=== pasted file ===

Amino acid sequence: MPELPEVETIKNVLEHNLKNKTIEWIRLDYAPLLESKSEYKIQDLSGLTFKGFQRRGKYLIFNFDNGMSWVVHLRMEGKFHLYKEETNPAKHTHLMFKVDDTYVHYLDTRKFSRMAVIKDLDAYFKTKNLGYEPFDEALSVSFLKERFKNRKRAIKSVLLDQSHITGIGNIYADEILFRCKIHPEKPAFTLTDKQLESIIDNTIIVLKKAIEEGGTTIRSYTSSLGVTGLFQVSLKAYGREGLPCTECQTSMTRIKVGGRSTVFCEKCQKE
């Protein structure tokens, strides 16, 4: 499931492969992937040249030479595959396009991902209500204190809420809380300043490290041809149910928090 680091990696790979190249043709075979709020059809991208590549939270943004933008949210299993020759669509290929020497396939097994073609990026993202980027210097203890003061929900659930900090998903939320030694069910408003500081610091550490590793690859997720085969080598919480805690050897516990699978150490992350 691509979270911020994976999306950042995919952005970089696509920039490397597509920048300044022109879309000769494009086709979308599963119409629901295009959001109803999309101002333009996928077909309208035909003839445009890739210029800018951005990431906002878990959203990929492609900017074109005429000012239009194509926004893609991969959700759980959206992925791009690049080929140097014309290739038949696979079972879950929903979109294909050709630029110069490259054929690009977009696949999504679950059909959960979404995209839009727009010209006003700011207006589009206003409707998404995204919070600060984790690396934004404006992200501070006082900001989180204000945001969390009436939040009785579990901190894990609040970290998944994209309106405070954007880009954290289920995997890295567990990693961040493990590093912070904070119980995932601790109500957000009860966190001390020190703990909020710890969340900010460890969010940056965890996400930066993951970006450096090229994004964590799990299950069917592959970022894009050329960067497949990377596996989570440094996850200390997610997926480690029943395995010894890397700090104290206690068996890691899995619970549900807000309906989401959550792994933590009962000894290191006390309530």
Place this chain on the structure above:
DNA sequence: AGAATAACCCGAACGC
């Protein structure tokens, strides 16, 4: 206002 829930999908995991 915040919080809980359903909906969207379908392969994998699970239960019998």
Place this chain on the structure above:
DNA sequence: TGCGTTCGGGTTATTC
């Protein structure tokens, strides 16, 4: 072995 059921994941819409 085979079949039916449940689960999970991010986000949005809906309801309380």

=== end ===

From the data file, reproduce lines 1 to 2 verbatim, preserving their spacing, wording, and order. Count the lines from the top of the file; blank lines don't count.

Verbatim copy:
Amino acid sequence: MPELPEVETIKNVLEHNLKNKTIEWIRLDYAPLLESKSEYKIQDLSGLTFKGFQRRGKYLIFNFDNGMSWVVHLRMEGKFHLYKEETNPAKHTHLMFKVDDTYVHYLDTRKFSRMAVIKDLDAYFKTKNLGYEPFDEALSVSFLKERFKNRKRAIKSVLLDQSHITGIGNIYADEILFRCKIHPEKPAFTLTDKQLESIIDNTIIVLKKAIEEGGTTIRSYTSSLGVTGLFQVSLKAYGREGLPCTECQTSMTRIKVGGRSTVFCEKCQKE
């Protein structure tokens, strides 16, 4: 499931492969992937040249030479595959396009991902209500204190809420809380300043490290041809149910928090 680091990696790979190249043709075979709020059809991208590549939270943004933008949210299993020759669509290929020497396939097994073609990026993202980027210097203890003061929900659930900090998903939320030694069910408003500081610091550490590793690859997720085969080598919480805690050897516990699978150490992350 691509979270911020994976999306950042995919952005970089696509920039490397597509920048300044022109879309000769494009086709979308599963119409629901295009959001109803999309101002333009996928077909309208035909003839445009890739210029800018951005990431906002878990959203990929492609900017074109005429000012239009194509926004893609991969959700759980959206992925791009690049080929140097014309290739038949696979079972879950929903979109294909050709630029110069490259054929690009977009696949999504679950059909959960979404995209839009727009010209006003700011207006589009206003409707998404995204919070600060984790690396934004404006992200501070006082900001989180204000945001969390009436939040009785579990901190894990609040970290998944994209309106405070954007880009954290289920995997890295567990990693961040493990590093912070904070119980995932601790109500957000009860966190001390020190703990909020710890969340900010460890969010940056965890996400930066993951970006450096090229994004964590799990299950069917592959970022894009050329960067497949990377596996989570440094996850200390997610997926480690029943395995010894890397700090104290206690068996890691899995619970549900807000309906989401959550792994933590009962000894290191006390309530």